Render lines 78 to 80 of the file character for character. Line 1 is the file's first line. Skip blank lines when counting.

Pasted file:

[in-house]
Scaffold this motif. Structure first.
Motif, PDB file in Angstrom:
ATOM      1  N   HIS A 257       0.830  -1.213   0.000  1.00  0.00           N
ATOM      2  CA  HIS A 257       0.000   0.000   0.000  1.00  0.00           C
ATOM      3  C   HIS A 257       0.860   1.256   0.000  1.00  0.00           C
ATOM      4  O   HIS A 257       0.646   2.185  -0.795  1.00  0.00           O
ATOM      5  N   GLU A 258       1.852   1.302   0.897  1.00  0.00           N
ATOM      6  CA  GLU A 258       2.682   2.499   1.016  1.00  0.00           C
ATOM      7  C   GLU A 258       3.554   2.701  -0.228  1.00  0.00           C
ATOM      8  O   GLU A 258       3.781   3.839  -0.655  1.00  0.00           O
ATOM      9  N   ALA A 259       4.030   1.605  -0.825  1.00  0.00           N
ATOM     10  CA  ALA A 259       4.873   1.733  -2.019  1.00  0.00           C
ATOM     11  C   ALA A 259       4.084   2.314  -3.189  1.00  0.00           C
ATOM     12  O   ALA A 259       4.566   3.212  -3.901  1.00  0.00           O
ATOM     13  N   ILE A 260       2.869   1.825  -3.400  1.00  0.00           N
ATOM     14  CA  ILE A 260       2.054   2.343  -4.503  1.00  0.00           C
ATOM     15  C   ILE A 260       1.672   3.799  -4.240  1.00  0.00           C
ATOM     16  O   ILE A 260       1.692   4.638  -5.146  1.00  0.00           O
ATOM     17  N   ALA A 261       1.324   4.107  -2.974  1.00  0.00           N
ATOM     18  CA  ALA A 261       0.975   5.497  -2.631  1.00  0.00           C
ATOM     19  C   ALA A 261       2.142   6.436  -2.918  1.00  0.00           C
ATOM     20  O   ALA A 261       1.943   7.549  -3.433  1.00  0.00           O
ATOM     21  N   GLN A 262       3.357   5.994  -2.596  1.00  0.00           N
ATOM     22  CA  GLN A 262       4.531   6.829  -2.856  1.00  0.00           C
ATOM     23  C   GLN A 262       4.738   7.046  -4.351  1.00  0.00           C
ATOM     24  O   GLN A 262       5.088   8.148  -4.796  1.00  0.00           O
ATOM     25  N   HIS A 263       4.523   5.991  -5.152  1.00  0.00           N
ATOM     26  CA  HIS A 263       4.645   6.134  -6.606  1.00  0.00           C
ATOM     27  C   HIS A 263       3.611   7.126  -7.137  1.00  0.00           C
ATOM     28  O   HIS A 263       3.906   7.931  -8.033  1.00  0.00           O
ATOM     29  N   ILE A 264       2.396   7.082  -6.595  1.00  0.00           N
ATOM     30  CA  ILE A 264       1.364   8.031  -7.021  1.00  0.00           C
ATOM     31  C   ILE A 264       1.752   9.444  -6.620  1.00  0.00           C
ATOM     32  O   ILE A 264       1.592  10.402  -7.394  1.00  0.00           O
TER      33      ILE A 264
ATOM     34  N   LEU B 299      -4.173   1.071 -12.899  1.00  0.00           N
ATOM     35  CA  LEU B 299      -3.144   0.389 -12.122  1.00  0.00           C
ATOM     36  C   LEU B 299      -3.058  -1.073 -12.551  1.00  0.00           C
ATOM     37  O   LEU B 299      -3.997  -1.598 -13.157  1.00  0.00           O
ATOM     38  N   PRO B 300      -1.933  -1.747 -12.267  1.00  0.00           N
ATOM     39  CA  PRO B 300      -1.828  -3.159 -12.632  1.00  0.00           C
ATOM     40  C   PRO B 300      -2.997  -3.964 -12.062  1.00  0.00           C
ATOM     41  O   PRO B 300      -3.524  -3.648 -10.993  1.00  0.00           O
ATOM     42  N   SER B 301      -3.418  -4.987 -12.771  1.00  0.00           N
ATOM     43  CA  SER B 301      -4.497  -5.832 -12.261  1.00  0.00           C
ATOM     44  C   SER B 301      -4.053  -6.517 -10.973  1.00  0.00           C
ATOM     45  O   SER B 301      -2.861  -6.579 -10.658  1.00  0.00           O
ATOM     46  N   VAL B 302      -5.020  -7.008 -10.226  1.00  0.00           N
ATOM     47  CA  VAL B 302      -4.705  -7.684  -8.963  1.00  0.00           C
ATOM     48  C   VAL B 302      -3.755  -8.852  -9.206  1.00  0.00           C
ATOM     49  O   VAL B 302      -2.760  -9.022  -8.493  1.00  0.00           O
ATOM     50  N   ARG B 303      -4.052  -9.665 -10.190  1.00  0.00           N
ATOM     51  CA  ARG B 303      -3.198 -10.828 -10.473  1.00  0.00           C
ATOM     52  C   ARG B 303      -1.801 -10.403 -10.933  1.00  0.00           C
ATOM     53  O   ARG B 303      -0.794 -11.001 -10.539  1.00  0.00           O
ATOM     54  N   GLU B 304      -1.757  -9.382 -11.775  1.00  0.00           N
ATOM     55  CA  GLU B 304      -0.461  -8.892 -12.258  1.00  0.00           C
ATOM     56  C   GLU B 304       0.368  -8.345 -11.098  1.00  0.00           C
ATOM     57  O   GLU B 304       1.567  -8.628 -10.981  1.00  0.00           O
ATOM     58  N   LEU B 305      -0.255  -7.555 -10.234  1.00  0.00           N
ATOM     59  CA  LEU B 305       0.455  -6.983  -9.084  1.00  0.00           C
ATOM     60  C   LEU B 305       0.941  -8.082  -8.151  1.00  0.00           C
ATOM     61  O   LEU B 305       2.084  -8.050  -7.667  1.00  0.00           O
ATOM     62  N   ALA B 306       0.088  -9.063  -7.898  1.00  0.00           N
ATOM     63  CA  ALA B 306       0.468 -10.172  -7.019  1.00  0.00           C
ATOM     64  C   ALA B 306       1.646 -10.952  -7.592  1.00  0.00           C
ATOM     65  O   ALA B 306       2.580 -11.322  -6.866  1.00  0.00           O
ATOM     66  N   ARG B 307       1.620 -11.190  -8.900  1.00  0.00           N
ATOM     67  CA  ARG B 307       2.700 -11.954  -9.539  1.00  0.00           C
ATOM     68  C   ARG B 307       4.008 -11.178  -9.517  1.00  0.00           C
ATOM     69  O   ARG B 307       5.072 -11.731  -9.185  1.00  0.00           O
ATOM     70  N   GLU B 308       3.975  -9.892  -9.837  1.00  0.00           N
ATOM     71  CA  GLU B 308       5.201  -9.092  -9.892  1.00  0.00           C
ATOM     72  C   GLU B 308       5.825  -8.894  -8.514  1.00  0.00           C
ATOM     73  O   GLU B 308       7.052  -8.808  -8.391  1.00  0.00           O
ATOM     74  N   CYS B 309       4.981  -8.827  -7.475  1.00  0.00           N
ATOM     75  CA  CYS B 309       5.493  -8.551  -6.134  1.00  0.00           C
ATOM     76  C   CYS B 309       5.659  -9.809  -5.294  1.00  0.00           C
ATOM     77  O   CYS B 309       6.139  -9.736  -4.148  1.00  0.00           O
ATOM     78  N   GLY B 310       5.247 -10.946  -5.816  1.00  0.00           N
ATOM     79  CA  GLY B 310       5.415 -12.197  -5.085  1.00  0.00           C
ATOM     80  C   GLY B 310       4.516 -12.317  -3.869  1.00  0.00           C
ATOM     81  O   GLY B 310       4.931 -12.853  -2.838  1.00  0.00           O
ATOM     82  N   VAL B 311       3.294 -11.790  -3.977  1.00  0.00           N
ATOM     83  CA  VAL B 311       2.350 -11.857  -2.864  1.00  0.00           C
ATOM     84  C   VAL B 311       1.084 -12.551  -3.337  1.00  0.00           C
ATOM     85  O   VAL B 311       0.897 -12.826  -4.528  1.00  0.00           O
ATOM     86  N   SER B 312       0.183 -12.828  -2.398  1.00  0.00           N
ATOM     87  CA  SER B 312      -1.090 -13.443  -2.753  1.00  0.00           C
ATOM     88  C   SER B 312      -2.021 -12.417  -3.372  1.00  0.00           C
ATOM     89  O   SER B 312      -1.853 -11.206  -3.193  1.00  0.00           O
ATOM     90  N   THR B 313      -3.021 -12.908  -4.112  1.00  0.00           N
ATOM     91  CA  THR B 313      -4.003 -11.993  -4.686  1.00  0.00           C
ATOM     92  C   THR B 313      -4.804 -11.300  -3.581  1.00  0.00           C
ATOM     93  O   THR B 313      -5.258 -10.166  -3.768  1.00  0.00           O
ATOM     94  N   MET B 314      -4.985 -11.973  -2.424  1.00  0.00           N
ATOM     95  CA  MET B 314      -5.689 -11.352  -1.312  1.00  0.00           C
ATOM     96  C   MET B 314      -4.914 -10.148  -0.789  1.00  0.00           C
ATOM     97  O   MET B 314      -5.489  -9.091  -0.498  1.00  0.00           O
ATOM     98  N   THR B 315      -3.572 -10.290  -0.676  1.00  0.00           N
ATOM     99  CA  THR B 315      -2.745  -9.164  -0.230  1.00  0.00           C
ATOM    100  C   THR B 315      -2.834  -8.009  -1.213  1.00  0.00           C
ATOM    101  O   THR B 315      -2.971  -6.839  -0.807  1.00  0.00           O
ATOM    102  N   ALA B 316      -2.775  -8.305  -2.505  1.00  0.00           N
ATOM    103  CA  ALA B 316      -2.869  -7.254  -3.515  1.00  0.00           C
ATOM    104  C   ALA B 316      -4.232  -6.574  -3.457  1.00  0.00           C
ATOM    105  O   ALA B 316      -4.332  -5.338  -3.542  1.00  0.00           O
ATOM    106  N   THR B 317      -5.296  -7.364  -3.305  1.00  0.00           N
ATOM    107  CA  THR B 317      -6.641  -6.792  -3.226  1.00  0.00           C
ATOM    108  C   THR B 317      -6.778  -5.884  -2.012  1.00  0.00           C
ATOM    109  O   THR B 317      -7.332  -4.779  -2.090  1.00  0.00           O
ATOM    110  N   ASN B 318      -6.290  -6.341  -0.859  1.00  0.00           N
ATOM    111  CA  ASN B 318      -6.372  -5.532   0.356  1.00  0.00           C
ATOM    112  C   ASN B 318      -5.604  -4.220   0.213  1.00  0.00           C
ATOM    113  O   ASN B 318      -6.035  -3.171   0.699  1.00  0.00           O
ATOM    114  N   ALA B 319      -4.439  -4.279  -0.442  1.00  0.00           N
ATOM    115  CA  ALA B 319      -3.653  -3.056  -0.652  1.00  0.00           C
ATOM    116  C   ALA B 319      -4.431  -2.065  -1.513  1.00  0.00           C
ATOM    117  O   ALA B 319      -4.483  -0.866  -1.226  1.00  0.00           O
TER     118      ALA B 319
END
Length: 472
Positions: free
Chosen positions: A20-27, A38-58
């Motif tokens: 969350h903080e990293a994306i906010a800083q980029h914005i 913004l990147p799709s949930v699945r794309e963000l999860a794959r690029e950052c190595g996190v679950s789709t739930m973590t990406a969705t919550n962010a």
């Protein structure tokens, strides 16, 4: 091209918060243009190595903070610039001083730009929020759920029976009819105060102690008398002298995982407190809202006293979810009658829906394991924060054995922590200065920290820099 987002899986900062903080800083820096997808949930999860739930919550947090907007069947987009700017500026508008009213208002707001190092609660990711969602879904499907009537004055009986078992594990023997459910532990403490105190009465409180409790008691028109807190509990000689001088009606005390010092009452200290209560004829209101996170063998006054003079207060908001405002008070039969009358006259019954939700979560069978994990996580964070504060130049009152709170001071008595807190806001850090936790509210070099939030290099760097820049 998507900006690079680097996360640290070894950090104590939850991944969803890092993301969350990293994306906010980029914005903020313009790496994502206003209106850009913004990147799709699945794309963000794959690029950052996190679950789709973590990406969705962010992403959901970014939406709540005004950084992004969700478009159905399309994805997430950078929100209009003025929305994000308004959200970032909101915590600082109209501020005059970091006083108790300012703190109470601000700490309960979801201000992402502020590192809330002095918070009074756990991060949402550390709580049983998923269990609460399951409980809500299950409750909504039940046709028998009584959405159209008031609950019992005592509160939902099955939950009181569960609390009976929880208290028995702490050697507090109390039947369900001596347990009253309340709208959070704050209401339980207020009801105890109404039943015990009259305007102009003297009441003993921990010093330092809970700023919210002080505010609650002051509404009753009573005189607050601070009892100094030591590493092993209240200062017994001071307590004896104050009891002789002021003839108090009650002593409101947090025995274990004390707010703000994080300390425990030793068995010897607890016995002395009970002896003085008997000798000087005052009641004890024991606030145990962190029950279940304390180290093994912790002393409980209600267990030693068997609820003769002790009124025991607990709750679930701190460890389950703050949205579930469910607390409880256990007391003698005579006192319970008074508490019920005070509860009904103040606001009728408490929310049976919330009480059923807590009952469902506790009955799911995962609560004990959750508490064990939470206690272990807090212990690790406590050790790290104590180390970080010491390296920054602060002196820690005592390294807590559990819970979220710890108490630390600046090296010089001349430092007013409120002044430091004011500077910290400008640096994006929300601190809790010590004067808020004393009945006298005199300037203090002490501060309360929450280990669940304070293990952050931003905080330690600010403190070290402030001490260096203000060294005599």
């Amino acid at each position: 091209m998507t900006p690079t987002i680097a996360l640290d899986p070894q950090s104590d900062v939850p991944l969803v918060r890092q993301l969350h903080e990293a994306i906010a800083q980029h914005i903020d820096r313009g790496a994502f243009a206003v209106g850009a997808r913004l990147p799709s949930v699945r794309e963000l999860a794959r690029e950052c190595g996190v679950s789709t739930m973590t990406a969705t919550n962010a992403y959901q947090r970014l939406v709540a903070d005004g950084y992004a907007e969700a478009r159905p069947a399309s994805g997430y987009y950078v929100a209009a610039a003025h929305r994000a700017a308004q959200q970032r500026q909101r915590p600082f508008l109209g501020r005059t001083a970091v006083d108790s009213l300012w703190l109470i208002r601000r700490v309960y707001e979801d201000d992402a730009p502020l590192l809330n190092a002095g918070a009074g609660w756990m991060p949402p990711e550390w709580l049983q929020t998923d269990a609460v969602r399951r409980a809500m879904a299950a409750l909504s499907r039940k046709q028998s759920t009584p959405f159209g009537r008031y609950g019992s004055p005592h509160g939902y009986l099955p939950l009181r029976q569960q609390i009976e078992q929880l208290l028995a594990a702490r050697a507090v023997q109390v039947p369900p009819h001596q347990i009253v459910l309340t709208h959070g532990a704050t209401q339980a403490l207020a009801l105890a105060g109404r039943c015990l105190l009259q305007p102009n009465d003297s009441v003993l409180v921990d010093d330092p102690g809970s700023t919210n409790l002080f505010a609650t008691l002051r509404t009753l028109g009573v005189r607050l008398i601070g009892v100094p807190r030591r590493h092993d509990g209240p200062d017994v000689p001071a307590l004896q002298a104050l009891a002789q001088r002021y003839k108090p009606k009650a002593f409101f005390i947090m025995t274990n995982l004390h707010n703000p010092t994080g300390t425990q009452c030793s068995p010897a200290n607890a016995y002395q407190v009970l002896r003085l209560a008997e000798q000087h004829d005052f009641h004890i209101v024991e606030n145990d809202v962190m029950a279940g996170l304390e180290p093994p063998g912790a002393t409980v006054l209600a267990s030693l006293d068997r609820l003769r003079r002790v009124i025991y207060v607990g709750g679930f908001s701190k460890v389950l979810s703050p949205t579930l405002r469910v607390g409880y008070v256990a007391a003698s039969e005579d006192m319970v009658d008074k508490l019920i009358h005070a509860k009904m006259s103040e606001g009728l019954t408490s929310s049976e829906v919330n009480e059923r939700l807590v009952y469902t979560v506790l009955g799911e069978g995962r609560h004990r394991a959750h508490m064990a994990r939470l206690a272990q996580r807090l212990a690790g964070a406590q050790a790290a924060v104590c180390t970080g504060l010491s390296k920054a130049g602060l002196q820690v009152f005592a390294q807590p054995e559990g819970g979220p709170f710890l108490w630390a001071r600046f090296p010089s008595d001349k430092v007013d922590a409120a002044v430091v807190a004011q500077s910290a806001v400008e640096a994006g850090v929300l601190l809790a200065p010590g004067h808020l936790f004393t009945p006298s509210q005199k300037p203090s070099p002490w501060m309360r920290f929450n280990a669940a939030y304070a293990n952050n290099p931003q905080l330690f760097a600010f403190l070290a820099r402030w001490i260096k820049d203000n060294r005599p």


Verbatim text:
ATOM     75  CA  CYS B 309       5.493  -8.551  -6.134  1.00  0.00           C
ATOM     76  C   CYS B 309       5.659  -9.809  -5.294  1.00  0.00           C
ATOM     77  O   CYS B 309       6.139  -9.736  -4.148  1.00  0.00           O